In reality, those figures could be much, much higher at the Etihad.

LIVERPOOL, ENGLAND - Sunday, October 3, 2021: Liverpool's Mohamed Salah celebrates after scoring the second goal during the FA Premier League match between Liverpool FC and Manchester City FC at Anfield. (Pic by David Rawcliffe/Propaganda)

At least publically, Klopp and his players have never looked to use the spending power of their main title rivals as an excuse – more so, it serves as a motivational tactic, painting Liverpool as perennial underdogs.

But the strength and quality in depth available to Guardiola means that every point dropped is almost a disaster, and three dropped at the King Power makes a mountain to climb.

“The consistency the boys show is incredible, but that’s the only chance you have in a league [against] probably the best team in the world,” Klopp said before the loss to Leicester.

“It is really tricky to be ahead of them.

“So far at least we are not completely out of reach, it’s not at the absolute no chance anymore but of course, you know City will not drop a lot of points so you better not drop points yourself.”

LEICESTER, ENGLAND - Tuesday, December 28, 2021: Liverpool's manager Jürgen Klopp applauds the travelling supporters after the FA Premier League match between Leicester City FC and Liverpool FC at the King Power Stadium. Leicester City won 1-0. (Pic by David Rawcliffe/Propaganda)

The irony in those comments coming ahead of only the second loss of the season will not be lost on Klopp, nor will it that it was Leicester – who had lost 6-3 to City two days previous and made five changes to their lineup in between – who inflicted that defeat.

Leicester have suffered with both COVID-19 and injuries throughout this festive period, with two of their fixtures postponed so far, and their plight is shared by almost every other club.

As it stands, City and Chelsea are the only sides not to have seen a game called off in the Premier League this season.

There is certainly an element of luck to this, but it also highlights the exceptional depth available to Liverpool’s two title rivals and City in particular.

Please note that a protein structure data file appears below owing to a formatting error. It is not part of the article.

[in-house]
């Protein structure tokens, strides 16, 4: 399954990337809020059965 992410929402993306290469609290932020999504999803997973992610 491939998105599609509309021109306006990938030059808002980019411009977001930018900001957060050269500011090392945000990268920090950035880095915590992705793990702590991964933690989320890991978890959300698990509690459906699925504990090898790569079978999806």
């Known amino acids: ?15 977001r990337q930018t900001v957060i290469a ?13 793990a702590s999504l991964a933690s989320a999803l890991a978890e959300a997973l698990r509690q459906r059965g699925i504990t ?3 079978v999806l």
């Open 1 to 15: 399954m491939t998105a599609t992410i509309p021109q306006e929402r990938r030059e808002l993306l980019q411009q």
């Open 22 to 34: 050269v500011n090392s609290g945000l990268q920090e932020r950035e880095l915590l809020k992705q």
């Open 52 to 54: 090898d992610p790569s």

While other games are postponed because clubs cannot name 14 eligible players, City can afford to drop Jack Grealish and Phil Foden for disciplinary reasons, while also sanctioning Ferran Torres’ January move to Barcelona.

LEICESTER, ENGLAND - Saturday, September 11, 2021: Manchester City's Bernardo Silva celebrates after scoring the winning goal during the FA Premier League match between Leicester City FC and Manchester City FC at the King Power Stadium. Manchester City won 1-0. (Pic by David Rawcliffe/Propaganda)

Prior to their meeting with Brentford, 16 different City players had scored at least one goal in the Premier League and six had managed more than two – though none had netted more than seven.

For better or worse, Liverpool boast the division’s two top scorers in Mo Salah (15) and Diogo Jota (10), but only four of their 14 goalscorers have struck more than twice.

On the face of it, while Klopp can call upon 11 world-class players and a more-than-capable band of deputies, Guardiola invariably has two or three genuine game-changers on his bench at any one time.

Riyad Mahrez, Raheem Sterling and Kevin De Bruyne are among City’s four most subbed-on players in the league, and each could at least contend for a starting spot at Anfield.

What’s more, the Reds are set to scrape through the Africa Cup of Nations without two first-choice starters in Salah and Sadio Mane, heaping pressure on Jota and Roberto Firmino.

LEICESTER, ENGLAND - Tuesday, December 28, 2021: Liverpool's Roberto Firmino and Mohamed Salah look dejected after the FA Premier League match between Leicester City FC and Liverpool FC at the King Power Stadium. Leicester City won 1-0. (Pic by David Rawcliffe/Propaganda)

With Takumi Minamino and Divock Origi currently injured, just over a week before the tournament kicks off in Cameroon, Klopp could be desperately short of attackers at a time when his side cannot afford to drop any more points.

The landscape of the Premier League – in a global pandemic, with one major tournament held midway through this season and another, the ridiculous World Cup in Qatar, held halfway through the next – makes the achievements of Klopp’s condensed squad all the more impressive.

It is simply unfortunate that they have found themselves up against the richest, strongest and most consistent side in Premier League history.